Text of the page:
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UMC pastors participate in Bennettsville prayer vigils

UMC pastors participate in Bennettsville prayer vigils
Photo by Mike Dubose, United Methodist Communications

By Dan McNiel, reprinted courtesy of the Herald-Advocate

Various council members, elected officials, religious and community members joined together Monday May 18 to pray for the community.

Three prayer vigils were held at Marlboro Court Apartments, near Evergreen Cemetery on Hudson Street and near Eastside Grocery. They were held in areas where shootings had taken place in recent weeks.

Spearheaded by Bennettsville Police Chief Kevin Miller and Sword of Truth Pastor Bishop R. Chris Brown, the prayers and words of encouragement were broadcast to citizens with a sound system. Brown said they wanted to do something to show the faith community, law enforcement and the community as a whole were working together to make sure the community knew they cared.

“We want to at least be a positive showing of the negative that has been going,” he said.

Brown added they are planning a county day of prayer at the Marlboro Courthouse. In addition to Brown praying, other pastors included the Revs. Debra Armstrong of Christ United Methodist Church, Judith Knox of Trinity United Methodist Church, and Mark Johnston of First United Methodist Church, all of Bennettsville.

Miller said he believed in the power of prayer and believed when you get community leaders together, great things could be accomplished.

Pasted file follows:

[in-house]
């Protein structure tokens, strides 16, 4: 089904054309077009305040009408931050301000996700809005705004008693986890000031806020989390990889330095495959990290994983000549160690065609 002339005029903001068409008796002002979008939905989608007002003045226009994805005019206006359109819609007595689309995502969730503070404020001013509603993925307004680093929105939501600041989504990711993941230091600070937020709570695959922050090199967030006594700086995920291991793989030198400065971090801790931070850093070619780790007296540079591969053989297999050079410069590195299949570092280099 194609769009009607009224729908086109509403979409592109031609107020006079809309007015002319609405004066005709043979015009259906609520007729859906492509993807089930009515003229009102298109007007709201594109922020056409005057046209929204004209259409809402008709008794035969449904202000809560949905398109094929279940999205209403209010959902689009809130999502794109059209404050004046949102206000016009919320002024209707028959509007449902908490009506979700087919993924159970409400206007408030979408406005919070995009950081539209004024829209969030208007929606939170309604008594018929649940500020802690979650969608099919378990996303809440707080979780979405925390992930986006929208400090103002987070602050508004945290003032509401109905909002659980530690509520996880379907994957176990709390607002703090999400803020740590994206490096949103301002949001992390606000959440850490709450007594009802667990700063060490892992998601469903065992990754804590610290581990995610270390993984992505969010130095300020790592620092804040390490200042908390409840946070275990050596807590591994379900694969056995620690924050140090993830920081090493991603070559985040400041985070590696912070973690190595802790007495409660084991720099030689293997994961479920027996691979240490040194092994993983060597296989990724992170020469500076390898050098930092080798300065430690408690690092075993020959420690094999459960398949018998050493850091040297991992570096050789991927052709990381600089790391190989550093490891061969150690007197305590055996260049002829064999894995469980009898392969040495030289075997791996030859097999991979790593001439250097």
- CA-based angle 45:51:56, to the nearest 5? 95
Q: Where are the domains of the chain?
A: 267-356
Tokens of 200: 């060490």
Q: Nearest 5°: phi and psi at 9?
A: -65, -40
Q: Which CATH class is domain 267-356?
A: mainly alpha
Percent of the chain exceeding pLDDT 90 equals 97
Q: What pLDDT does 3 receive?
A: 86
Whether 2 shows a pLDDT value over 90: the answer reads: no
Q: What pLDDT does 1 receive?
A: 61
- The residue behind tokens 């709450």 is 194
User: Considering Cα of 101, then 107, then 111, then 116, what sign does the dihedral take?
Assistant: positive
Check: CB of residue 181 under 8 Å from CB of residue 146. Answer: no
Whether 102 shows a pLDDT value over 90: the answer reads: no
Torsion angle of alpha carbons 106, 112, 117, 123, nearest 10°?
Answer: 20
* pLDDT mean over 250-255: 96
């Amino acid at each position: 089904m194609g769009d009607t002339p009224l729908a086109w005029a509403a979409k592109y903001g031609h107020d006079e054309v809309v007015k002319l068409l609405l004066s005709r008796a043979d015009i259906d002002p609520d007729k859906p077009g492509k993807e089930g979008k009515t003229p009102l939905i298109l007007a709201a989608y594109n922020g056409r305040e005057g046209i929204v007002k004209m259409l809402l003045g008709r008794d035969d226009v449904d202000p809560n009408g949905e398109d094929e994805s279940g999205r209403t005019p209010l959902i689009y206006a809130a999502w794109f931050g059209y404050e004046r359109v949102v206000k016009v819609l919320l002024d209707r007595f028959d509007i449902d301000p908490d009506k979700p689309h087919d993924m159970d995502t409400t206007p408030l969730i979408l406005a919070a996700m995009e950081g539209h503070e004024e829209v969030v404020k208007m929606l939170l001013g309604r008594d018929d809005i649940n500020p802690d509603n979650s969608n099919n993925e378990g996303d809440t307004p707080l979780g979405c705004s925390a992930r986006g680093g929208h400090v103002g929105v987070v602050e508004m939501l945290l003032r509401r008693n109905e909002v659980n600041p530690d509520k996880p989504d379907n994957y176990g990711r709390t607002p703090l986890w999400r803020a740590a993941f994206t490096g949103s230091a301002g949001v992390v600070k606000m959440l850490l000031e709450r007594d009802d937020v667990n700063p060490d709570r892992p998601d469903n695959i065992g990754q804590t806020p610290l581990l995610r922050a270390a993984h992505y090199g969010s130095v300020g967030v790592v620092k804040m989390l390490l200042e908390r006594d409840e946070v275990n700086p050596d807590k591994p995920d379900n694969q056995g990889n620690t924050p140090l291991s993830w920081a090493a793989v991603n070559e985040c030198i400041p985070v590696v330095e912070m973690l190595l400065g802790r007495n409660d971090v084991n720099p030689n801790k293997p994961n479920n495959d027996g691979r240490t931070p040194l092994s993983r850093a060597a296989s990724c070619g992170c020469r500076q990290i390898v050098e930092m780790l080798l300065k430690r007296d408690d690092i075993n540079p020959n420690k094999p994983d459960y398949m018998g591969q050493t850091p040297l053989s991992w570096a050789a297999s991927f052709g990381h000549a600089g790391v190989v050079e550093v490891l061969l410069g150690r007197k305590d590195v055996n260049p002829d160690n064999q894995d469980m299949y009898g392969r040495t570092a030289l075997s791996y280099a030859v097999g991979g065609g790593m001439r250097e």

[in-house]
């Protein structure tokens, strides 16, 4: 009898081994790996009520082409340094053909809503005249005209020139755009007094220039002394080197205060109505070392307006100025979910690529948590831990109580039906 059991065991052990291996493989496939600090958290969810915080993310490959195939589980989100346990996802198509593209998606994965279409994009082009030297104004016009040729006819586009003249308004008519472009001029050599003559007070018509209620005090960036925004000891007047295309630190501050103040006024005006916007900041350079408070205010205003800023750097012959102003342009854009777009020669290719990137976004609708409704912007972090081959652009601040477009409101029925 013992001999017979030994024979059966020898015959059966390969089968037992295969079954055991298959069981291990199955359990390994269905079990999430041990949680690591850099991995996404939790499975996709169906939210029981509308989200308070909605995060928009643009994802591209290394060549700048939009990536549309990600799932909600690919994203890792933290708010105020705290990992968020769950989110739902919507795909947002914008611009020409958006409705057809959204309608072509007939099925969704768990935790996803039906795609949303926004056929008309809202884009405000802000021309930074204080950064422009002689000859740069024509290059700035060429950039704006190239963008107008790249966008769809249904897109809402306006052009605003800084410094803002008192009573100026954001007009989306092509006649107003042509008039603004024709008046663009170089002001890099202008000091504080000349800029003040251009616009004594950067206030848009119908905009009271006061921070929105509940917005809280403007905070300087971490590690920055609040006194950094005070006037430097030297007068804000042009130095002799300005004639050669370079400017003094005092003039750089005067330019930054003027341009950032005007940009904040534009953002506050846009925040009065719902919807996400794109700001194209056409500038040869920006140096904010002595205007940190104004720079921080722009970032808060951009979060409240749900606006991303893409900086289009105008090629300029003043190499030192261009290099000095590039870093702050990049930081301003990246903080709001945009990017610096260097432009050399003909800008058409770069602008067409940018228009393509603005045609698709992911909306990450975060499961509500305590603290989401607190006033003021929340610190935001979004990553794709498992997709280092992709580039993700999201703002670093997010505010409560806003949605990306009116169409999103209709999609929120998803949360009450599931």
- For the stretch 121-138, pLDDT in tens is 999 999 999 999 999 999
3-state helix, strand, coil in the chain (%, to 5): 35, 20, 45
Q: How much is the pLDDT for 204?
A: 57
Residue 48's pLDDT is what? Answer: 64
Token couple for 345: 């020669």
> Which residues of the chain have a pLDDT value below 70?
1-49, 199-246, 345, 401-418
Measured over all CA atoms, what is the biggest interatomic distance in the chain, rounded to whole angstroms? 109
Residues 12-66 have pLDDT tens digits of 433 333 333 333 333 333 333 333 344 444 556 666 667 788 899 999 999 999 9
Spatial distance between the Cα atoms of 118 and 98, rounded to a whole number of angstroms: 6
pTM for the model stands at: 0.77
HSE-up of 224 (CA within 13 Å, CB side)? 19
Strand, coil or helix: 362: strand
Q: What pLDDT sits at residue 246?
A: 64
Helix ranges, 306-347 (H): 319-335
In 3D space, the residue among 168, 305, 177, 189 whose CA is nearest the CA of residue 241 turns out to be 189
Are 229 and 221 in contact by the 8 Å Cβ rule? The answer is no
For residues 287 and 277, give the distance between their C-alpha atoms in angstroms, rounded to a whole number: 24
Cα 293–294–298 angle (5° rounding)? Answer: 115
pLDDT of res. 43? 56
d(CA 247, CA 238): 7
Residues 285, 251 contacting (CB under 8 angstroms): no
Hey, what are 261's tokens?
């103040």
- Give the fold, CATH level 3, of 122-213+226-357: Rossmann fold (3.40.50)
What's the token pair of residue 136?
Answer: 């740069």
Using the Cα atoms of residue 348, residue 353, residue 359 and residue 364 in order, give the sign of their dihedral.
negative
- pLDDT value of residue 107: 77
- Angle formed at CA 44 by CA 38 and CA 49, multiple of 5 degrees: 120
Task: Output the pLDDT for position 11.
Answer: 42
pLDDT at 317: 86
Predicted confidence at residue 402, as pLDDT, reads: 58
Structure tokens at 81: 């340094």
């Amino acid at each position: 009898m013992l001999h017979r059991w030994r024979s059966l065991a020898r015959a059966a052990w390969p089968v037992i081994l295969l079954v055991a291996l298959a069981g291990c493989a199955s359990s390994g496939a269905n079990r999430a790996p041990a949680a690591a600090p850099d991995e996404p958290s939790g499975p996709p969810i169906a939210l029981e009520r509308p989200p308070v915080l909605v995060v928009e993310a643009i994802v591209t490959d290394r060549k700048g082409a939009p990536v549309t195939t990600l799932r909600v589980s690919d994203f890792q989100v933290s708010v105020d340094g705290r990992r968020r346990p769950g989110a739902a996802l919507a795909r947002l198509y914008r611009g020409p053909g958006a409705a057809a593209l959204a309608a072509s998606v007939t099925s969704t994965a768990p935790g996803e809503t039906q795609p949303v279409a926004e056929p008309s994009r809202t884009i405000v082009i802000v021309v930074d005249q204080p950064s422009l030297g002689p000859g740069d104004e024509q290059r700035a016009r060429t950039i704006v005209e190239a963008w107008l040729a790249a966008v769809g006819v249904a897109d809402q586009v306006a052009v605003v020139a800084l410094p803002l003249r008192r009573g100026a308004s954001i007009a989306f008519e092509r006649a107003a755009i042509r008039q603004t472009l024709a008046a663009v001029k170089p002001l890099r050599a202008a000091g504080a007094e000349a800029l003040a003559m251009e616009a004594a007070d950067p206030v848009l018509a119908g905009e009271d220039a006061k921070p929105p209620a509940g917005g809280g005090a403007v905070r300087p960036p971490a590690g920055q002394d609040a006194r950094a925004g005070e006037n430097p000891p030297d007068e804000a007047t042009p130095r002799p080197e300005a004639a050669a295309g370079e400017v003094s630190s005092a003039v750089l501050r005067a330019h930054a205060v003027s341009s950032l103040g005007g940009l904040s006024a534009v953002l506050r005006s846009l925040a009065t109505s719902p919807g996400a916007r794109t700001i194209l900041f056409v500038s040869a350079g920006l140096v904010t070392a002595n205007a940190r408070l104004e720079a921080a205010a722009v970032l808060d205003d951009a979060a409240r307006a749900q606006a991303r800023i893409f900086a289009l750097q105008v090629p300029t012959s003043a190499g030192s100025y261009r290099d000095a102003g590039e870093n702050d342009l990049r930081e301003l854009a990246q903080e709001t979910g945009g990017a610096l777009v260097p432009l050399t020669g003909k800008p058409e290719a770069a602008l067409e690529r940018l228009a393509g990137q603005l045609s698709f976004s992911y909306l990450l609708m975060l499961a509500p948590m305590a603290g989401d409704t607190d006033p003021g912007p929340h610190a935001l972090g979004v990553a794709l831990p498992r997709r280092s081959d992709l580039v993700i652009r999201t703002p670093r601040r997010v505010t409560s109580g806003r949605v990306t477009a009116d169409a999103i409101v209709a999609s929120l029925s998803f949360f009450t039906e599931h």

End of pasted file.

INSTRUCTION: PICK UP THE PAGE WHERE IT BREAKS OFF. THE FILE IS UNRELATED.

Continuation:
“We are a community and we need to stand together,” he said. “This is not politically driven. This is people standing up for the community they serve and love.”

Miller added the police could not do it alone but needed concerted effort from everyone in the city to make a real positive impact.

Marlsboro Schools Superintendent Dr. Gregory McCord spoke at the Marlboro Court Apartment vigil.

“You never know what can come out of a neighborhood until you put something into a neighborhood just like we are doing now,” he said.

McCord urged those attending and listening to not let this be a one-time gathering.

“Now and then we need to come out and invest some time in these types of communities,” he said. “You never know what is going to come from these. You never know who is going to be the next chief of police, the next state representative, or the next superintendent. There are promises in these projects. It is our job and responsibility to help make sure they are kept.”

On Hudson Street, Brown emphasized how they believed in the power of prayer.

“We believe in our community and the people in the community. The pandemic will not cause pandemonium.”

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